Historically, IHC has a 100% success rate in predicting what will be big, cool, hashtaggy, and relevant. All we do is rub the crystal ball that is Franki Chan’s head and say “please magic ball, show me the future.” Sometimes he’ll lay out a detailed 12-point list of upcoming artists to watch, and sometimes he’ll just grumble “please stop rubbing my head.”
This was one of his more cooperative years.
It’s unclear whether someone playing Bonnaroo and TomorrowWorld can count as “up-and-coming,” but with a nice lil’ ratio of 50,000 followers:14 tracks on her Soundcloud, there’s a “holy shit what’s she gonna do next” buzz about Mija. Part of her success comes from particularly good taste; work songs that resonate with a broader audience (example: her Ass & Titties remix of Biggie Bounce with Ghastly, because who doesn’t want another excuse to yell “ass and titties” over and over and over). And chopping up Diplo songs with pitched-up chipmunk vocals is a pretty safe guarantee of a quick 17K likes. As the far-more eloquent folks over at LA Weekly put it: her sets “cross genres and play with tempos in unusual ways. She stands out in a scene that, in recent years, has been obsessed with bangers.”
She’s cited her boredom with the exclusively-house state of DJing these days as the impetus to drive her into more experimental sets, but everything about her seems rooted in a particularly individualistic DIY sensibility: booking and managing her own tour through Mexico, honing her chops spinning Latin and Disco at a Sheraton hotel in Phoenix, or starting her own clothing line on the side because the fickle fame of internet DJs comes and goes – and all of this in the face of hyper-male industry that is EDM, keeping her cool in a 99% dong-driven environment.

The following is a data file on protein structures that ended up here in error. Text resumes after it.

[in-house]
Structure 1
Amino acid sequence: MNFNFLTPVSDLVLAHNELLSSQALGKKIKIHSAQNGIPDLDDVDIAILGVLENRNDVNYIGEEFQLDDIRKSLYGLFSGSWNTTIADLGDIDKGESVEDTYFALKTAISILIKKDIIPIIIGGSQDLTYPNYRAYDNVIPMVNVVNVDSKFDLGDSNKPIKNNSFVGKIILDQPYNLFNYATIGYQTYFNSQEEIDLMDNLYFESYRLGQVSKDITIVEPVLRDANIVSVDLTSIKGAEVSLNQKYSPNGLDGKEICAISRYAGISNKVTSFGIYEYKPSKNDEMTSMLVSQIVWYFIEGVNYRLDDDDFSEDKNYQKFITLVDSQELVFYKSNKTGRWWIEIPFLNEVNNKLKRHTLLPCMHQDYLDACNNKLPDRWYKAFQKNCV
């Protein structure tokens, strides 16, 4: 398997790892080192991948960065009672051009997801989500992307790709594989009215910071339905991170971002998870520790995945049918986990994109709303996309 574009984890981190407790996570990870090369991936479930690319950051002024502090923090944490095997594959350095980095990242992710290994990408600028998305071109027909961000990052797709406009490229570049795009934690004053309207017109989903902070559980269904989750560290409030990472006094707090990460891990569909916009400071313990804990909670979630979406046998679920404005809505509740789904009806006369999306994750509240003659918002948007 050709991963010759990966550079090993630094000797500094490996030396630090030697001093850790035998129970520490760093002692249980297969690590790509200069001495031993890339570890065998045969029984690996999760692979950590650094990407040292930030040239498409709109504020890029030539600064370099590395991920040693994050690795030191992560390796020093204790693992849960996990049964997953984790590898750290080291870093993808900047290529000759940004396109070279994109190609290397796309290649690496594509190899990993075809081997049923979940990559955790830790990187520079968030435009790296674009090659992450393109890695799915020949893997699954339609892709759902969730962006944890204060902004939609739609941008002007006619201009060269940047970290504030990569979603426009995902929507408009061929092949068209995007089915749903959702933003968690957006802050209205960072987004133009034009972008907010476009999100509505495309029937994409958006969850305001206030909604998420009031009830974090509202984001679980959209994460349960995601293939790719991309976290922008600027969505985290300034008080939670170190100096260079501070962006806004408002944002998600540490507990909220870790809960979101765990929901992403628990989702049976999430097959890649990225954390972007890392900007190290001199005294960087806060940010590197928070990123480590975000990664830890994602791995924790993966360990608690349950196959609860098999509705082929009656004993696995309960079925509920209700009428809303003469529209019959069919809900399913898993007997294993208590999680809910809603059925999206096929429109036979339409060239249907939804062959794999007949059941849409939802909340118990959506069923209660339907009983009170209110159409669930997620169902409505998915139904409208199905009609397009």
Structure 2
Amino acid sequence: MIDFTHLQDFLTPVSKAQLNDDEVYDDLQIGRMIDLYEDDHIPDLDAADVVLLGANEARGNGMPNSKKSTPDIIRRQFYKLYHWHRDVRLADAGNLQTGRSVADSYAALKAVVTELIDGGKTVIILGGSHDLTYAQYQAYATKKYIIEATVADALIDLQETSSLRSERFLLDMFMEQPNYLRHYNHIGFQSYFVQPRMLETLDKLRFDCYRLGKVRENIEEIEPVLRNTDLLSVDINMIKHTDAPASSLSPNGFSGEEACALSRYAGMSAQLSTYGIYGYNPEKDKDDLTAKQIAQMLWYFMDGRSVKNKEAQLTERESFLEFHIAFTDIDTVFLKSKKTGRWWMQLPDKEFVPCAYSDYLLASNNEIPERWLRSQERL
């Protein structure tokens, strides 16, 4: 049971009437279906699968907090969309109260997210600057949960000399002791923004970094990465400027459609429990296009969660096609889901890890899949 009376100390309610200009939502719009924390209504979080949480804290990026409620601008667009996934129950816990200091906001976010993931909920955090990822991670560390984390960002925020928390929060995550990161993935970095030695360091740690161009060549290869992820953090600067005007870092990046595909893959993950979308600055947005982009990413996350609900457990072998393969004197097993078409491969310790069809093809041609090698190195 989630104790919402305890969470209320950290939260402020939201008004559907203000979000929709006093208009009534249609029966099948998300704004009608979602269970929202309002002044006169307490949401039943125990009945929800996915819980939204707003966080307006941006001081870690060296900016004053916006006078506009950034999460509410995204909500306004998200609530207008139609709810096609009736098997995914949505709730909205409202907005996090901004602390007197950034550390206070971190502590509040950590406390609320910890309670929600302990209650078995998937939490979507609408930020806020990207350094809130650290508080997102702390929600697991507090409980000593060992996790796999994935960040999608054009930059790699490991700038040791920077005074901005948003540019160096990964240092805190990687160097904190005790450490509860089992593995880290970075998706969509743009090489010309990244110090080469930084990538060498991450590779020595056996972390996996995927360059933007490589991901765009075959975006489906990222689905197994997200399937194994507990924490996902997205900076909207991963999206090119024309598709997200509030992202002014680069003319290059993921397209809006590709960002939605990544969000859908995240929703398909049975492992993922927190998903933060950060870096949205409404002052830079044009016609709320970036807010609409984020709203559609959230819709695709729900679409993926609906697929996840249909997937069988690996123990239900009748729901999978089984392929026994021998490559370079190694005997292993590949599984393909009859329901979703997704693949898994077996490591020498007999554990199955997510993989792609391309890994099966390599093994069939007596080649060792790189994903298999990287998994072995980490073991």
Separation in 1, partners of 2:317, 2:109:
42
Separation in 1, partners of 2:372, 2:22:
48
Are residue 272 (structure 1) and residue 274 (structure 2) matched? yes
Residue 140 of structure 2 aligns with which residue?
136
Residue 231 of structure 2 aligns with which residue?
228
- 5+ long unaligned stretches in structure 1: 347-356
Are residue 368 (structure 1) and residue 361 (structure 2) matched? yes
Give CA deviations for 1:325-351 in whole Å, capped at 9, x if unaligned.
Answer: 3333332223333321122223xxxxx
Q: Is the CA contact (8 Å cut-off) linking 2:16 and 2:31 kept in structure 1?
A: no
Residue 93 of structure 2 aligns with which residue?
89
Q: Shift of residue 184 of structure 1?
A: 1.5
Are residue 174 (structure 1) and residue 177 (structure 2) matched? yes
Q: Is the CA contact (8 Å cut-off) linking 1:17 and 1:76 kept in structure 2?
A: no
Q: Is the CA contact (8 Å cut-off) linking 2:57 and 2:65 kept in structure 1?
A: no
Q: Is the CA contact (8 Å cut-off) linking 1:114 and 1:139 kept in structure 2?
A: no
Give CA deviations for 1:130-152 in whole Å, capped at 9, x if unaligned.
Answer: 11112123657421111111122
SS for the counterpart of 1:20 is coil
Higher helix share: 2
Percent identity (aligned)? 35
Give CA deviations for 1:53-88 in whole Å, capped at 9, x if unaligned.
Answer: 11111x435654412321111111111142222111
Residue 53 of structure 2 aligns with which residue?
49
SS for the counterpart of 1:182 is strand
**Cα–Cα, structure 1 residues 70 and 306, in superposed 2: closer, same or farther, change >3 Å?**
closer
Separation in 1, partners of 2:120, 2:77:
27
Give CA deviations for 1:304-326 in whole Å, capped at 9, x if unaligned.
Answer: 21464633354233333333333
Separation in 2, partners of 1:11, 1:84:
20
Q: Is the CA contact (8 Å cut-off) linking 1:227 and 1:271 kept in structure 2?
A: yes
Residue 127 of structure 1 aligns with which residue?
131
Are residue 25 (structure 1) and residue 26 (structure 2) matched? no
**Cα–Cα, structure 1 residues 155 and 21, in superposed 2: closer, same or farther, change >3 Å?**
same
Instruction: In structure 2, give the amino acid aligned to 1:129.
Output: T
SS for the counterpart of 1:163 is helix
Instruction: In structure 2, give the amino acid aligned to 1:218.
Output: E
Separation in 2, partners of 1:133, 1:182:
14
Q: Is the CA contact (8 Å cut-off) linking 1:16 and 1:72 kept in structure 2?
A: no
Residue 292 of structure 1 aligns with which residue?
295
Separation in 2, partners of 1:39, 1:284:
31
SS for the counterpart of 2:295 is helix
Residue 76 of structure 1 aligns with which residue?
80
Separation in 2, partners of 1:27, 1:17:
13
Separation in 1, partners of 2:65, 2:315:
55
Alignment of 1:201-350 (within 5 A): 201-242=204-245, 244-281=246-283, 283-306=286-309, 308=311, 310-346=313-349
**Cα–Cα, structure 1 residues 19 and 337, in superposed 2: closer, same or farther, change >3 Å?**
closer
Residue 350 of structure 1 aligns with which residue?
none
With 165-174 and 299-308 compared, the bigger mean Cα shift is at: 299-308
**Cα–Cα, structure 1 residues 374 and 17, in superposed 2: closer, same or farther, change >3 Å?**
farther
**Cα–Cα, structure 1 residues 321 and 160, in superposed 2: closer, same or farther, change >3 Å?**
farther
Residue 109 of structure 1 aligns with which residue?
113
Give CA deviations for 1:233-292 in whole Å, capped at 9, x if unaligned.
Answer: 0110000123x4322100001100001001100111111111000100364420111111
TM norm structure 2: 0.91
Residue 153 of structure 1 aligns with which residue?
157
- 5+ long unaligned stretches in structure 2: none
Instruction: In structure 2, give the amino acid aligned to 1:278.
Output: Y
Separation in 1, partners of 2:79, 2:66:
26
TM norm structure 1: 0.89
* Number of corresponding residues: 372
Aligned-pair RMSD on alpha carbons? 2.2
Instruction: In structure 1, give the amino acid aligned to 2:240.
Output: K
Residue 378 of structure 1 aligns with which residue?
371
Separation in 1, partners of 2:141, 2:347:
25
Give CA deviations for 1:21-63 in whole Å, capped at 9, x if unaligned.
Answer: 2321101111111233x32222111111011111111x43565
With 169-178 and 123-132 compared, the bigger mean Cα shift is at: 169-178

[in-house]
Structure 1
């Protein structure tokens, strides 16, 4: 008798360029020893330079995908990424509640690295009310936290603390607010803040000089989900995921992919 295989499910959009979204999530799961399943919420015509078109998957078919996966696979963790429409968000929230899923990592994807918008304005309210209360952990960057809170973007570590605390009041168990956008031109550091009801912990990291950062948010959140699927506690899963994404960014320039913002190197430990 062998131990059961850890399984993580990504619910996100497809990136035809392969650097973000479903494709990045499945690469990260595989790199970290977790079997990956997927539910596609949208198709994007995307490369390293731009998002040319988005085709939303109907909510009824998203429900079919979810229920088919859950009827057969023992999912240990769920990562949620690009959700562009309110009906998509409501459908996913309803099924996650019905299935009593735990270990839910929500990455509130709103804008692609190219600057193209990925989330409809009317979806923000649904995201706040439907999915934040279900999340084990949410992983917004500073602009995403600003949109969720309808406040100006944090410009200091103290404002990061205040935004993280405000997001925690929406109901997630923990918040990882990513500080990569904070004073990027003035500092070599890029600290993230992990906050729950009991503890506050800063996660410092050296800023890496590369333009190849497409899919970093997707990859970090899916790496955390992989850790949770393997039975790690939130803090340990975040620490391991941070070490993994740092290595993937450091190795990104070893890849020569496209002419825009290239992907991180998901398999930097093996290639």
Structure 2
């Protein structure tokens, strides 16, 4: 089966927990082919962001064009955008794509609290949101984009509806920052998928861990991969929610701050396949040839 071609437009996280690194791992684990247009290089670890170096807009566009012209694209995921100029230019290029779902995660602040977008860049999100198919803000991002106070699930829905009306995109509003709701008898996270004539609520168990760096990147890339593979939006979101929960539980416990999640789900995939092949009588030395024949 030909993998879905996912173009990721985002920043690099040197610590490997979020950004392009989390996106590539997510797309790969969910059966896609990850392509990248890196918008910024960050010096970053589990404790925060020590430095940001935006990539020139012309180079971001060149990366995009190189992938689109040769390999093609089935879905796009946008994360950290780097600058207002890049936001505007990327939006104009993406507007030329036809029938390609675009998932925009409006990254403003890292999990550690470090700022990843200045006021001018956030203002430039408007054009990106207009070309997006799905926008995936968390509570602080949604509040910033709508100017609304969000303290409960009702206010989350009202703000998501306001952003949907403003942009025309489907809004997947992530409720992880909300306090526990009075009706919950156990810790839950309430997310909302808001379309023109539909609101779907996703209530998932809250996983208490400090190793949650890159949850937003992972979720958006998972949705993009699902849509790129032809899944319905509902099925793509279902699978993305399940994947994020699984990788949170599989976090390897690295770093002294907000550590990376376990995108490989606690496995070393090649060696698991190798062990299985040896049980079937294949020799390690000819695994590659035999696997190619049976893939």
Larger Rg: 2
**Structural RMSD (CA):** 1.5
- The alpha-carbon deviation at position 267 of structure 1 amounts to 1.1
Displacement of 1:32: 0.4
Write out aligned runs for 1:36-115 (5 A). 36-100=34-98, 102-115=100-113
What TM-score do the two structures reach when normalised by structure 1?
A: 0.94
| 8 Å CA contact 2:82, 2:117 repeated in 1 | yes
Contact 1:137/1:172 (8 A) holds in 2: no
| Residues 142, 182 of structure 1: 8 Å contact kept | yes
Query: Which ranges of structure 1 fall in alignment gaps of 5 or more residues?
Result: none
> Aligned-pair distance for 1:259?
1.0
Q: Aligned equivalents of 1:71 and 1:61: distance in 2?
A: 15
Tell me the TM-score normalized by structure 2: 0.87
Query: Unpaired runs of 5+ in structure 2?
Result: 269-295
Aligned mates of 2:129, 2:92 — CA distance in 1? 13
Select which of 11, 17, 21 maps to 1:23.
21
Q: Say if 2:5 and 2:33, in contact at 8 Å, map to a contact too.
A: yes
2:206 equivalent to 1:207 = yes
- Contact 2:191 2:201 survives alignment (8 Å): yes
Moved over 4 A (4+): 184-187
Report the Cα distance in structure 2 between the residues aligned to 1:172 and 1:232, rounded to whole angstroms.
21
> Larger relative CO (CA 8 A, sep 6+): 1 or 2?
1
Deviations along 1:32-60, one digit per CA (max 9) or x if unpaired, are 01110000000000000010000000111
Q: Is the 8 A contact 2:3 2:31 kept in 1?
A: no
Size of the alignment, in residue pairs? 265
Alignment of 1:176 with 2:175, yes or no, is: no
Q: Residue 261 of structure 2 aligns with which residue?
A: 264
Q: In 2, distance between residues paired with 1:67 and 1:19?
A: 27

2. Seth Bogart
Seth Bogart’s weird, and he’s nailing it. Former Hunx and His Punx singer (perfect), Bogart most recently got spotlighted for his post-punk, LCD-Soundsystem-without-the-seriousness release “Eating Makeup” featuring Kathleen Hanna, with an accompanying androgyny-fest of a music video of some very heavily made-up people eating makeup while Bogart, in a magenta tuxedo splayed out on a Sesame Street-esque oyster bed/paper mache face thing, looks like a very porn-y early James Bond meets Folerio. But the song bangs, the guy put out a fake advertisement for “Legggs Mantyhose – the 100% completely nude pantyhose for men!”, and he’s been opening art shows around Los Angeles focused on the advertorial aesthetic of vintage beauty products from his background as an Oakland hair stylist. If you need vintage weird without pandering irony, peep some Bogart and the album he’s slated to drop on February 19th.
3. River Tiber
We’re not the only ones who are one track away from running down the streets yelling about Toronto synth crooner River Tiber. Noisey put out an article “Who the Hell Is River Tiber and Why Is He Suddenly Everywhere?” last year after Drake flipped a Tiber sample for the synth lead on “No Tellin'” (Canadian solidarity), a sample from River’s at-that-point-unreleased “No Talk,” which was an off-kilter haunter of a track that starts you at “this isn’t right” and ends with “play that again!” A few months ago he released his When The Time Is Right EP, and you can leave if that EP doesn’t make you wanna bang someone immediately. Tiber’s poised in that sweet spot for indie hugeness: downtempo EP blowing up the internet, plugs from mega-stars like Drake, and a voice like Justin Timberlake (sidenote: remember Alpha Dog? lol).